Saying goodbye to my great-uncle Richard, an ‘Old Hero’
A family member's passing prompts subtle but important life lessons
Content warning: This column deals with the topics of death and suicidal ideation.
Campbell’s book provides remarkable insight into the “death industry” — from homicide detectives to embalmers — and why people enter the field. Drawing upon detailed interviews, Campbell fills the book with lessons on how we perhaps ought to view death and live life. Mardall’s advice is one of those lessons, and it was at the forefront of my mind as I peered into the casket of my great-uncle Richard.
I finished reading the book in early August. My great-uncle passed away on Aug. 30. While reading the book, I agreed with Mardall’s observation that we need to “separate the shock of seeing death from the shock of grief.” That had been easy for me to do, because having SMA makes me think of death all too often.
However, the idea remained abstract, and I didn’t imagine how viscerally I’d feel Mardall’s words until the reality of my great-uncle’s death set in. It was shocking to see his embalmed body, which was so different than when he was alive. The slideshow of pictures of him at the funeral held life instead, capturing his essence and spirit.
As I held back tears, I could think only of “All the Living and the Dead” and how the dead can continue to teach the living.
A great-uncle’s legacy
In my uncle Bastien’s poetic eulogy for his father, he said that Great-Uncle Richard was described by our family as a man of few words. My recollection of him is perhaps closer to Uncle Bastien’s: It “didn’t mean he was quiet, but he was selective in choosing when to say things, and when he did, his words were often very impactful.” Great-Uncle Richard was never the life of the party or the social butterfly (that would be his wife, Great-Aunt Doreen), but he did talk quite a bit if you listened.
The Christmases and the Chinese New Years I spent with him jump out in my memory. While others ate, played games, and watched television, he’d go around to ensure everyone was doing well — not just in the moment or on those particular days, but in our daily lives. He’d give advice (or lovingly nag at you) if he felt you needed it. He’d offer help. He was a kind family man through and through — an “Old Hero,” as our family called him — and remained so until the end of his life.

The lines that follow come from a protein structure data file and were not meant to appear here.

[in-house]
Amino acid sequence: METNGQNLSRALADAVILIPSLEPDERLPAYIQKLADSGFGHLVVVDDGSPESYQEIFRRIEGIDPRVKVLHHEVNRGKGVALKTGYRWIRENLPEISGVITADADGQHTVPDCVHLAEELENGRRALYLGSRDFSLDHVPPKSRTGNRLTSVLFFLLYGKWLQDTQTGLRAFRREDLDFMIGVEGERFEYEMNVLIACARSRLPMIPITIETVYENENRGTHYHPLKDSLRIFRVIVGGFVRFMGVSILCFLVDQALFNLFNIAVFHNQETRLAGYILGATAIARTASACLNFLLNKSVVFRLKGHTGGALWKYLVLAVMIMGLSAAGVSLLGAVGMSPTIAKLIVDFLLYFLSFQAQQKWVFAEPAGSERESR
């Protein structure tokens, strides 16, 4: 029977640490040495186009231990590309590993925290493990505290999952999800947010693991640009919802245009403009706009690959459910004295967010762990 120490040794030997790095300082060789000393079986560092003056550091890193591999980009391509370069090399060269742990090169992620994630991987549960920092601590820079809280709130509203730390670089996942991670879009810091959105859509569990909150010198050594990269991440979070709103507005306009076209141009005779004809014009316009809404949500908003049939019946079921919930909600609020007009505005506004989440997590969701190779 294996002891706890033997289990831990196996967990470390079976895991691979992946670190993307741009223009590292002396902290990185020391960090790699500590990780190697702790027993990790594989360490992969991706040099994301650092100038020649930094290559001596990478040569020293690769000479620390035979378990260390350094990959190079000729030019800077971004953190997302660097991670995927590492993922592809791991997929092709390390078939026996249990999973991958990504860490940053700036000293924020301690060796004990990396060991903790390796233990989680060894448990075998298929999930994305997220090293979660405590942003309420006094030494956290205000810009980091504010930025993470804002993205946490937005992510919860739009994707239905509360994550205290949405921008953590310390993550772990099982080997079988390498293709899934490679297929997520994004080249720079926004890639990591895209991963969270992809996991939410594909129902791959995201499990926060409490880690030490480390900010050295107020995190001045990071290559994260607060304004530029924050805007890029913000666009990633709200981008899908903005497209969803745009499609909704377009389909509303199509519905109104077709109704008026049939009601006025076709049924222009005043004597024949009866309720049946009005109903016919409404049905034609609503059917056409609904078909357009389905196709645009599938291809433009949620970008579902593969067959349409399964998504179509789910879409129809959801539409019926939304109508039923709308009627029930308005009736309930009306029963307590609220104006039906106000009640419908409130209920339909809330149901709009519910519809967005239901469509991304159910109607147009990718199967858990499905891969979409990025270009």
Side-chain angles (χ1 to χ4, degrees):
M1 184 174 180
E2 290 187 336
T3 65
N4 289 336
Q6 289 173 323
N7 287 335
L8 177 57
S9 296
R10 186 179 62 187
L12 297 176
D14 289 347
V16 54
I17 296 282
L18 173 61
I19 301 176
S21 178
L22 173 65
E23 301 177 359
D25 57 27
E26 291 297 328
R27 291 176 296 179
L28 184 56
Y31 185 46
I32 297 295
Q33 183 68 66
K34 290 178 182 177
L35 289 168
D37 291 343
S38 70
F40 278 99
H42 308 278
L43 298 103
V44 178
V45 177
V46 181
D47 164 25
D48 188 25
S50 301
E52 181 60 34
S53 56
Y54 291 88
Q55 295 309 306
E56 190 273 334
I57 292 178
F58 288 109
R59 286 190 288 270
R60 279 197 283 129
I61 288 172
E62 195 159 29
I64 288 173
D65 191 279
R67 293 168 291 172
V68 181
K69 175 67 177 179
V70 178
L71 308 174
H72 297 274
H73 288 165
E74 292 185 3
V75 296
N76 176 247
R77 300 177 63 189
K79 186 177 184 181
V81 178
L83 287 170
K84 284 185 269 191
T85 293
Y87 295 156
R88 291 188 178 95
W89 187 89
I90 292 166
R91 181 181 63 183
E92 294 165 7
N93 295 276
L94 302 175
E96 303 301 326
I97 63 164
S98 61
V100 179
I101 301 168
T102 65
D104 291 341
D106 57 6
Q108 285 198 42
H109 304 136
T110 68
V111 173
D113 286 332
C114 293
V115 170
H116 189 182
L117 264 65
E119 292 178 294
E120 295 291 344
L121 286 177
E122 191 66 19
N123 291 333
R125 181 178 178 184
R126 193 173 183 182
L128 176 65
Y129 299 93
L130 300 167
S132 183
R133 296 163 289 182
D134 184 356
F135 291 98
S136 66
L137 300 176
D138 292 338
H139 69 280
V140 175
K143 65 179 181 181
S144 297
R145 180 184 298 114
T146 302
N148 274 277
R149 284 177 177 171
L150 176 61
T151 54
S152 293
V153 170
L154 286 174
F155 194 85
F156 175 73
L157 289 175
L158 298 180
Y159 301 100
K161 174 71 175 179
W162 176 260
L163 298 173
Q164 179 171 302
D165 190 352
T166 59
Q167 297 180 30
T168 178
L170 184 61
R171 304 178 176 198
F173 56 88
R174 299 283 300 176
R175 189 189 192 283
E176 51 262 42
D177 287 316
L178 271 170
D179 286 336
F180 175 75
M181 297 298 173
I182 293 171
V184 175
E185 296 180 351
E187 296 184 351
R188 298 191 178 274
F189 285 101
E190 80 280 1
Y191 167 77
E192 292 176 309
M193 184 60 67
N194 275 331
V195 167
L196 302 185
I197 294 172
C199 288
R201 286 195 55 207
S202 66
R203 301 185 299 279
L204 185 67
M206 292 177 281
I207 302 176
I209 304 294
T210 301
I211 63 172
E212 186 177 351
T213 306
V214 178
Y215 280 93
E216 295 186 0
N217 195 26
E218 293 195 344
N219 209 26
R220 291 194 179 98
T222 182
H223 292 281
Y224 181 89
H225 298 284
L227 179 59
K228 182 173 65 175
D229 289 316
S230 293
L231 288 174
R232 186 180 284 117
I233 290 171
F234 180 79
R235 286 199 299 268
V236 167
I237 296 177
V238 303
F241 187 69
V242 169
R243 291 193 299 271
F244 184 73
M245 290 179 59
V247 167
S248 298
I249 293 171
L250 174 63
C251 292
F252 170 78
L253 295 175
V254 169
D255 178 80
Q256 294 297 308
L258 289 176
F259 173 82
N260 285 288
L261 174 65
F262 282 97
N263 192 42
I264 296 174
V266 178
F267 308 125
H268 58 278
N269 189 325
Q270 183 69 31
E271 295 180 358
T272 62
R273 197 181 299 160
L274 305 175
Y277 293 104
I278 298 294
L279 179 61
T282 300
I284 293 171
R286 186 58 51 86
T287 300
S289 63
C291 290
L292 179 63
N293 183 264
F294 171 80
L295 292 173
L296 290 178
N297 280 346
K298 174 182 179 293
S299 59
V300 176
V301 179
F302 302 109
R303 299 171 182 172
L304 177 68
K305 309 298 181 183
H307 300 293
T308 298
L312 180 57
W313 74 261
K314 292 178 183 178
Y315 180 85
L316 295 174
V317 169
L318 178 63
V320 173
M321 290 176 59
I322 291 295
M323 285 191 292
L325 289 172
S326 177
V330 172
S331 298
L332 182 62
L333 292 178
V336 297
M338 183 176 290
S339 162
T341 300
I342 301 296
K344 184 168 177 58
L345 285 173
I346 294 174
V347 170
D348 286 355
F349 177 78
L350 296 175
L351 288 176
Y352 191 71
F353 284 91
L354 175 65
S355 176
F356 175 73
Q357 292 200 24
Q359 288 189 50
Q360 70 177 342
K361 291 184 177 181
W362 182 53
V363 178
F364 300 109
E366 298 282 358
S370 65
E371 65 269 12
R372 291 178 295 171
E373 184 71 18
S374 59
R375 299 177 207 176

There’s also the romantic story my mother liked to tell me of how my great-uncle insisted on pursuing and marrying my great-aunt, although she had issues with her health. Having a disability myself and desiring romance, I knew that his commitment to Great-Aunt Doreen was a rare, beautiful type of love.
Though he’s left us for heaven, Great-Uncle Richard lives on in this world through his family.
And he’d given me a parting gift before his rest.
I’ve been open with readers of this column about my suicidal ideation from the get-go. It’s part of the SMA deal for me, because when healthcare and social systems are unfair, it’s incredibly easy to believe no one will miss you. But the opposite is true. When I arrived at my grand-uncle’s funeral and saw all our relatives gathered to celebrate him and say goodbye, I saw that when you pour love and care into the world, it returns to you in spades.
I don’t know if the suicidal ideations or contemplations of death will ever stop completely. Brain chemistry and living with SMA are tricky like that. Nevertheless, I do know that they’re easier to resist now, just because I knew my great-uncle. And I hope that if you’re struggling, too, reading this column will remind you that life is worth living no matter what, and that people do care about you.
Thank you for everything, Great-Uncle Richard. Rest in peace.
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